Mutual Fund Investments in Private Firms

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The lines between private and public listing status have become increasingly blurred.


The number of publicly listed companies has decreased. Strikingly, at the same time, private companies are increasingly raising funding from investors who traditionally focused only on public companies. In this study, we strive to provide systematic evidence on the time-series trends in mutual funds’ investments in private firms. We then estimate the effects of this funding on the underlying companies, including the extent to which these mutual fund investments enable companies to stay private longer.

We document a dramatic increase in mutual funds’ tendency to invest in private venture-capital backed firms.


We study the investment behaviors of 16 mutual fund families, including the largest families such as Vanguard, Fidelity, and T Rowe Price. Between 1995 and 2000, less than 15 mutual funds had investments in private, venture-capital backed firms. This had increased to over 90 by 2015. Analogously, the aggregate valuation of mutual funds’ investments in these private companies increased from $16 million to over $8 billion over this period. Thirty-eight percent of the IPOs by VC-backed firms in 2016 had received funding from this set of mutual funds prior to the IPO. Moreover, mutual funds provide a substantial amount of capital to the firms in which they invest: the funds provide an average 38% of the total financing raised (measured across funding rounds with mutual fund participation) over the 2011–2016 period.
 

Mutual fund participation has a positive effect on total funds raised.


The investments by mutual funds provide companies with more capital than they would have raised solely from the venture capitalists. We find that most mutual fund investments represent purchases of primary shares, rather than purchases from existing shareholders. Moreover, the capital provided by mutual funds appears to be incremental to that provided by venture capitalists.

We find evidence of funds relying on the certification effects of intermediaries.

Mutual funds are more likely to invest in companies backed by higher quality VCs. Consistent with mutual funds focusing on companies that have already demonstrated some level of success, the companies with such investment are significantly less likely to fail and are more likely to go public via an IPO. Interestingly, these companies are less likely to be acquired, compared to companies without mutual fund investment.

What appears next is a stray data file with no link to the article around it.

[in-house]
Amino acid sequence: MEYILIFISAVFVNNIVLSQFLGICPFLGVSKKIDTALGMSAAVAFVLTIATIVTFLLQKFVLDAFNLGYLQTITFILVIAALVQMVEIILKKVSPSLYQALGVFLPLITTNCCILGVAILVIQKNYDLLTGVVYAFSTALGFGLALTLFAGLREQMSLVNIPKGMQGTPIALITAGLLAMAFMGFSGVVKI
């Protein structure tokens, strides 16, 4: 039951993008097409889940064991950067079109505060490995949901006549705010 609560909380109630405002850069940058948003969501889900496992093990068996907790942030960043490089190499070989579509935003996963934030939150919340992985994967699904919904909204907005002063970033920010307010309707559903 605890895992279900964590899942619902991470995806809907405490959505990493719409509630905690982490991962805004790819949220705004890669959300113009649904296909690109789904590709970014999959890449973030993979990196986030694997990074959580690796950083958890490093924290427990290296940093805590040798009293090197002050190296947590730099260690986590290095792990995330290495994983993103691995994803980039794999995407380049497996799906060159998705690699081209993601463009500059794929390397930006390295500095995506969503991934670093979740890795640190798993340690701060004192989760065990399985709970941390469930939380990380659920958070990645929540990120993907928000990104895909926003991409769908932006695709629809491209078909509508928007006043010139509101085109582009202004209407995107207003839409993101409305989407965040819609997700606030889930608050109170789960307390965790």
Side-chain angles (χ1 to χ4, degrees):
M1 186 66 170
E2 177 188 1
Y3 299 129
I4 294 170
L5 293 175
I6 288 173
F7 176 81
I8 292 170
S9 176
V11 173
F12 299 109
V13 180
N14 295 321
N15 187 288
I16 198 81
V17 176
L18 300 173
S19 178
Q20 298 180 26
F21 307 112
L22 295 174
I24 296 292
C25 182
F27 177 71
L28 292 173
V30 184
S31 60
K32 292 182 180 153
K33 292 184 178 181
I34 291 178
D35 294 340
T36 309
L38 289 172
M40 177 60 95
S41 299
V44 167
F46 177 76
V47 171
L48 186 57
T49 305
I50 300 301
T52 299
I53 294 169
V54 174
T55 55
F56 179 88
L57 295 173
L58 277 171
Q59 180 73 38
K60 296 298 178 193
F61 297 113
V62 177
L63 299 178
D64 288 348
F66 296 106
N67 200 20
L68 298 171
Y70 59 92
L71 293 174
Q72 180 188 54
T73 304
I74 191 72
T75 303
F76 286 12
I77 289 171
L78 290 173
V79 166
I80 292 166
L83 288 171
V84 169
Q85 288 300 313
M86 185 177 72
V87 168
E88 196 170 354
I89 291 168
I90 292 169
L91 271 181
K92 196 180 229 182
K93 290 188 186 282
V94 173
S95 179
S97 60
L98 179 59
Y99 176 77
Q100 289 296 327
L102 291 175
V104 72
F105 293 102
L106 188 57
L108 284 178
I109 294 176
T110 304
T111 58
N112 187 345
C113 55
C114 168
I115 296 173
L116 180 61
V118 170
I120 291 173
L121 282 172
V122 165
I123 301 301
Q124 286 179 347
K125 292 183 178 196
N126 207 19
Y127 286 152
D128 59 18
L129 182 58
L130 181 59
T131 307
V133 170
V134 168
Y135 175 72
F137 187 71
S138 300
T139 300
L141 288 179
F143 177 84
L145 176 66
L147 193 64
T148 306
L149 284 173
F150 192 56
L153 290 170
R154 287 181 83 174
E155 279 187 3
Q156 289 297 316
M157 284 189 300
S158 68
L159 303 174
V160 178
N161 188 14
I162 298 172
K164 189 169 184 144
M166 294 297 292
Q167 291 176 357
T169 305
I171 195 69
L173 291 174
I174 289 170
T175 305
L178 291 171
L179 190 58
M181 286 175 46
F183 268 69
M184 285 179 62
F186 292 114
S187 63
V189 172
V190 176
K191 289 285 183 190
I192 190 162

Mutual fund participation enables companies to stay private significantly longer.

Mutual fund investment significantly increases the ability of a company to stay private longer. The ability to stay private longer provides companies with added flexibility, including for example lower regulatory burdens and less pressure from public markets.

Mutual funds have benefited by investing in private firms.

Mutual funds have become increasingly likely to supply capital to private firms as a source of higher potential returns, greater diversification, and increased IPO allocations. The decrease in the number of public firms has decreased mutual funds’ investment opportunities, making it more difficult for them to differentiate their portfolios from those of other funds and to identify sources of positive abnormal returns. Over our sample period, mutual funds earned 1.7 – 2.6 times more in their private firm investments than in the overall market index.

These changing dynamics affect multiple parties.

Regulators who are faced with policies based on a strict line between public and private listing status will need to reexamine these policies. These changing dynamics also affect firms who are faced with potential changes in both sources of capital and costs of capital, and investors who face changes in their investment opportunity set.

Key takeaways:

  • If you are an investor (mutual funds): The opportunity to invest in private firms has provided mutual funds with positive abnormal returns over recent past time periods. While we cannot say whether this will continue to be the case in the future, our findings suggest benefits to mutual funds of evaluating this asset class.
  • If you are a VC: Our findings suggest that there are benefits to developing relationships with mutual funds. Co-investing with mutual funds provides benefits to private companies, and as such can potentially contribute to better portfolio outcomes.
  • If you are with a private company: Funding from mutual funds enables a company to raise more money and to stay private longer. This added flexibility has value along multiple dimensions.
  • If you are a regulator: The lines between private and public status are becoming increasingly blurred. For a regulator tasked with both protecting investors and facilitating capital formation, our findings raise many questions. If individual investors are increasingly investing in private companies through mutual funds, should it be easier for individuals to also invest more directly in private companies? If private companies are staying private longer by obtaining capital from entities such as mutual funds, should these companies be subject to increased disclosure requirements, such as those pertaining to public companies? We hope our findings contribute toward a thoughtful conversation on these issues.

The complete paper was published in the Journal of Financial Economics.
> Access the paper

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